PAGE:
A May 26 WorldNetDaily article declares:
The article then quotes WND editor Joseph Farah as saying that this source "had provided reliable information in the past about the controversy over Obama's eligibility."
if this anonymous "intelligence source" -- the latest in a long parade of anonymous sources WND relies on, despite Farah's own admonition that anonymous sources offer up only "quotes made up out of whole cloth to help make the story read better" -- was so reliable, why couldn't WND corroborate his claim? (WND's suggestion that Obama has released a fraudulent certificate is largely based on really stupid evidence.)
Further, WND should be able to detail the "reliable information in the past about the controversy over Obama's eligibility" this source has provided, so that its readers can judge his or her reliability for themselves.
Also, at no point does WND explain why this supposedly reliable source -- who, again, made claims WND couldn't independently corroborate -- was granted anonymity. That raises red flags and suggests that, like Farah warned us, this anonymous source is only serving up "quotes made up out of whole cloth to help make the story read better."
WND has given its readers little reason to trust it in the past. Why start now?
ConWeb Editor Smackdown on Medicare
Topic: The ConWeb
CNSNews.com editor Terry Jeffrey mounted a major defense of Rep. Paul Ryan's proposed changes to Medicare in his May 18 column. Insisting that "Ryan's Medicare reform plan is not radical change," Jeffrey wrote:
Not so eager to defend Ryan's Medicare plan, however, is Newsmax editor Christopher Ruddy, who in his May 26 column certainly does not agree with Jeffrey that this is "not radical change":
Ruddy goes on to assert that "Congressional Republicans should take a common-sense approach to reform," adding: "In my view, rampant fraud, abuse, and waste have been the hallmarks of the Medicare system. It is poorly administered. If Congress and the states worked diligently in reducing these excesses, the program would work effectively."
Media Research Center chief Brent Bozell, meanwhile, is just making stuff up. In a May 27 appearance on "Fox & Friends," Bozell claimed that Ryan's plan provides "a 70 percent increase in Medicare," while "Obama is taking $500 billion out of Medicare." In fact, Ryan's plan keeps Obama's cuts and increases out-of-pocket costs for seniors.
WND's Vox Day Warns Men Not To Marry 'Career' Women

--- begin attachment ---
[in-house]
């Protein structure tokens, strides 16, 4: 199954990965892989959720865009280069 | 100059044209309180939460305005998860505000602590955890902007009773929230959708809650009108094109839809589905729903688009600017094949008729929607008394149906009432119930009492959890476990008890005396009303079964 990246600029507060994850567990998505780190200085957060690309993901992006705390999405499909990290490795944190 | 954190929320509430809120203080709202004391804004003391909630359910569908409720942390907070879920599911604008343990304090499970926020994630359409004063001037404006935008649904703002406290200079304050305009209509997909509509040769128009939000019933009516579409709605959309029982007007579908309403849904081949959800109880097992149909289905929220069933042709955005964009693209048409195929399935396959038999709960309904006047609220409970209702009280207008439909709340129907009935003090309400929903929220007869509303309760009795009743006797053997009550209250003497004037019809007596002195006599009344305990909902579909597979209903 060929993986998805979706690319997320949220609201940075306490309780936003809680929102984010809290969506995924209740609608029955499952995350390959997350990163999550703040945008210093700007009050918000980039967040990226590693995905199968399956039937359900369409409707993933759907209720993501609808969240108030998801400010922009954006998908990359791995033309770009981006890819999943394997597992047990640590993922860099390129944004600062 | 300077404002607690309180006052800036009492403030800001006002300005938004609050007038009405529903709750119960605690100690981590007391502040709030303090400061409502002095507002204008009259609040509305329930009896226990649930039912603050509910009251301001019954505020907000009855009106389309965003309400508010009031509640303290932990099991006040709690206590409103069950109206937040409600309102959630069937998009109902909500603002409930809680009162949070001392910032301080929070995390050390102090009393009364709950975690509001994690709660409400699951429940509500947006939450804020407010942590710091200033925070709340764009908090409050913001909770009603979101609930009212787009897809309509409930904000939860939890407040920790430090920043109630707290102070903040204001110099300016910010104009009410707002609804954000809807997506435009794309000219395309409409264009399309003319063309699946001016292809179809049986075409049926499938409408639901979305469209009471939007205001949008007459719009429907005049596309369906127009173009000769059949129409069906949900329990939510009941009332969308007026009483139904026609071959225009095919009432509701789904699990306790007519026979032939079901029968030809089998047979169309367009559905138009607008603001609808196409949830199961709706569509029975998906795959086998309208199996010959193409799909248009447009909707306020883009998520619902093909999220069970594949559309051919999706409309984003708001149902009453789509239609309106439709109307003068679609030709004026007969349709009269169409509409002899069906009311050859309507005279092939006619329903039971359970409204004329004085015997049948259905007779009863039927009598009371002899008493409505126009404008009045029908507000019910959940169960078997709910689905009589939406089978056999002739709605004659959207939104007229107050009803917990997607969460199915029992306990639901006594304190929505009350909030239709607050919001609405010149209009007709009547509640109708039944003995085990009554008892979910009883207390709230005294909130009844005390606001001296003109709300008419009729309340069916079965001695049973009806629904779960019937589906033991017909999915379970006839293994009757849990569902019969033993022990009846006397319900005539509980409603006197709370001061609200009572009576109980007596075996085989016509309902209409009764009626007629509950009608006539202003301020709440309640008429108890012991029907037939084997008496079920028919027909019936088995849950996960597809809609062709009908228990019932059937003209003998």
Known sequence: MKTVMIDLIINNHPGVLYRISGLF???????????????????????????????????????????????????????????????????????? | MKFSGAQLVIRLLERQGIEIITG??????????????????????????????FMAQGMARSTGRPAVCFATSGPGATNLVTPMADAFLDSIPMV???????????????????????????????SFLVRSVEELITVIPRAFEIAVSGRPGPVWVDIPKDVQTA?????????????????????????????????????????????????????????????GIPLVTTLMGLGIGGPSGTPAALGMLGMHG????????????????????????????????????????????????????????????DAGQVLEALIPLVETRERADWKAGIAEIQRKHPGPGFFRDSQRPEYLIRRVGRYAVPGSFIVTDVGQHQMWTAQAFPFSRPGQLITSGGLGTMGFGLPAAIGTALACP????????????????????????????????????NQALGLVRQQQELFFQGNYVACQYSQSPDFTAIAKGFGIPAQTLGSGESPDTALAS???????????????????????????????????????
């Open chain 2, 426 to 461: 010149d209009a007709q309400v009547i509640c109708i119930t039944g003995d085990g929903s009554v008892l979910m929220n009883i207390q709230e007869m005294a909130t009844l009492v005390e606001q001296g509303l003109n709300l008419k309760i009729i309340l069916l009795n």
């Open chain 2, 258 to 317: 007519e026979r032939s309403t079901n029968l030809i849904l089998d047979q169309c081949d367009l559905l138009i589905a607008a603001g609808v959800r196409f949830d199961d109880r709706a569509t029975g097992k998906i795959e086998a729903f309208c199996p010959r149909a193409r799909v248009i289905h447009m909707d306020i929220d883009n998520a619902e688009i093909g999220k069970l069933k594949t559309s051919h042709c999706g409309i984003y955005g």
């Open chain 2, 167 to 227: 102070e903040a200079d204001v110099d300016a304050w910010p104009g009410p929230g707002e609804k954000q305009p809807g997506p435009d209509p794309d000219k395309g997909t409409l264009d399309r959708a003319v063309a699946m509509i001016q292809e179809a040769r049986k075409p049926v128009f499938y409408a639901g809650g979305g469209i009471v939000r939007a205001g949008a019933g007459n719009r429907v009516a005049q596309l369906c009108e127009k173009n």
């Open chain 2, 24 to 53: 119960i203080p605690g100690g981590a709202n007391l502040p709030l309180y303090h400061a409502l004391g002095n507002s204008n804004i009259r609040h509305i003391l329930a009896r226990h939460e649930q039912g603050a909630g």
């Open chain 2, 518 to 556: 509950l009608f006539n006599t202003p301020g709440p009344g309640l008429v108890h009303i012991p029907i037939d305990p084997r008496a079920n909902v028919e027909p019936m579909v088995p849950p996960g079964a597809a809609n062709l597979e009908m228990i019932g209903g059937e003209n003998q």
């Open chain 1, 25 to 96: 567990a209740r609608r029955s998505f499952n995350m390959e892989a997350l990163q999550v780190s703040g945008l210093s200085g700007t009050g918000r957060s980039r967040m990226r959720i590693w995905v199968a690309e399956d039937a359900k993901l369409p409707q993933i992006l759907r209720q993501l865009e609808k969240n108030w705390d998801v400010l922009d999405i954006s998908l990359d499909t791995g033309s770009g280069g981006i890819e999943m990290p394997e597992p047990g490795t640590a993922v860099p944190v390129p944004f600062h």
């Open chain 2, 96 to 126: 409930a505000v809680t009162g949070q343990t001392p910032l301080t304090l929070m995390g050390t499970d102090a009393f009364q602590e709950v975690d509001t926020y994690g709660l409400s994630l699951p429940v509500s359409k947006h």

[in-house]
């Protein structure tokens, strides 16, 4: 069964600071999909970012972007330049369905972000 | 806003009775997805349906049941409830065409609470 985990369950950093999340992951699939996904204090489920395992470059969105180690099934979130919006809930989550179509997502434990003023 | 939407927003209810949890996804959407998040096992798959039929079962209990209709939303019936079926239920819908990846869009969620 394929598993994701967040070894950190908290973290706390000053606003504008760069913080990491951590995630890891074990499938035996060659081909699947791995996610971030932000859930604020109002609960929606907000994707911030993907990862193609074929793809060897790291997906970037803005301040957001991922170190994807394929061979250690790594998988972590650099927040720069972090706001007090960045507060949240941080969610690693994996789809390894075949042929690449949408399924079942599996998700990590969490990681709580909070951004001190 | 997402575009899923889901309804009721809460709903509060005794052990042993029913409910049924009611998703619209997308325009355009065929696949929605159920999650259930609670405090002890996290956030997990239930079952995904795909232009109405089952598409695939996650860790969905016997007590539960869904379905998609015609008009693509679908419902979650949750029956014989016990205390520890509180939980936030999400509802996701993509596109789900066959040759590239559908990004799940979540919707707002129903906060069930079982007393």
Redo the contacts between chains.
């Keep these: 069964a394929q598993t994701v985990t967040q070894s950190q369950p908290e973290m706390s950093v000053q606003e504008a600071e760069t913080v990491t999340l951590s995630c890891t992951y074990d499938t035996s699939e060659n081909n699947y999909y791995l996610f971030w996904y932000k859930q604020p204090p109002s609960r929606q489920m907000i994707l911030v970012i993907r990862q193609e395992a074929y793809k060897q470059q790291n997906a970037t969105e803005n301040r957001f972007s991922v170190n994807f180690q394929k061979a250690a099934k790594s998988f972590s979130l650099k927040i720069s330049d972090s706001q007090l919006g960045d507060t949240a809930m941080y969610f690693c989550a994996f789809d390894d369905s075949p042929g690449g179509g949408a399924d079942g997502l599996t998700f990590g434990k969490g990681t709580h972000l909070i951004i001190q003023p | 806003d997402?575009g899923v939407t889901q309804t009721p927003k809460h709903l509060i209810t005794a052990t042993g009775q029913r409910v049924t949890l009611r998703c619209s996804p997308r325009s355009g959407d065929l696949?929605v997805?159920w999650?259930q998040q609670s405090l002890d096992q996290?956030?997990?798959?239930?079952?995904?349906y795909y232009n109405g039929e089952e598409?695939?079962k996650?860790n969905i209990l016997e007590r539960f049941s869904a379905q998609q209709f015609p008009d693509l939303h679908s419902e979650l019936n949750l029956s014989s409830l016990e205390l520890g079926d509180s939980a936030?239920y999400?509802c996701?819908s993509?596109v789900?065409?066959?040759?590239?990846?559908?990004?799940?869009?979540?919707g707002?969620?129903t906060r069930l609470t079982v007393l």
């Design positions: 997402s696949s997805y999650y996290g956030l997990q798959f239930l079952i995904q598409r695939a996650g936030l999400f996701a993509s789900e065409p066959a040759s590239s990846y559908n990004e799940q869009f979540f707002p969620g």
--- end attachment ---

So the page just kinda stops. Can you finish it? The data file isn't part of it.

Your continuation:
He doesn't like that women can vote. He considers women's rights "a disease that should be eradicated." So it's no surprise that Vox Day would turn in yet another misogynistic WorldNetDaily column, this time warning young men not to marry "career" women because they have a bad habit of having their own thoughts:
Day laughably adds: "Although it may appear to be disturbingly like one, this column is not intended as an indictment of career women or working mothers. The facts are what they are, and my only objective is to point out to men that it is a mistake to conclude the societal changes of the last 40 years have rendered all American women equally unsuited for marriage." Then he even more laughably likens career women to drug addics:
The only suitable woman for Day, apparently, is one who lives only through her children and husband and has no independent thoughts of her own.
We'd ask whether Day's anger toward women who think for themselves has an inverse relationship to his sex life, but that would be a cheap shot.
Meet Michael Maloof, WND's Newest Reporter, And His Sketchy Past
A May 22 WorldNetDaily article announced that F. Michael Maloof will be "a senior reporter in WND's Washington bureau." WND calls Maloof "a former senior security-policy analyst in the Office of the Secretary of Defense with almost 30 years of federal service in the U.S. Defense Department and as a specialized trainer for border guards and Special Forces in select countries of the Caucasus and Central Asia," while WND editor Joseph Farah calls him "a veteran journalist and national security expert."
Those "veteran journalist" credentials, however, seem a little sketchy -- as do other things.
WND claims he was "a special correspondent for the Detroit News," but searches of Google and Nexis turn up no Detroit News articles under his name. WND also notes that Maloof was "Washington correspondent for the Union Leader in Manchester, N.H.," but that appears to have been three decades ago; a Decemter 1981 UPI article (found via Nexis) states that at the time he was working as a part-time correspondent for the Union Leader, Maloof was also on the payroll of the Commerce Department writing "issue papers" in the office of assistant commerce secretary Lawrence J. Brady. Maloof ultimately quit the government job to avoid a conflict of interest. An October 1983 UPI article (via Nexis) noted that Maloof "praised Brady in his articles," and at the time of the article had apparently left the newspaper and was working for Richard Perle, then an assistant defense secretary in the Reagan administration.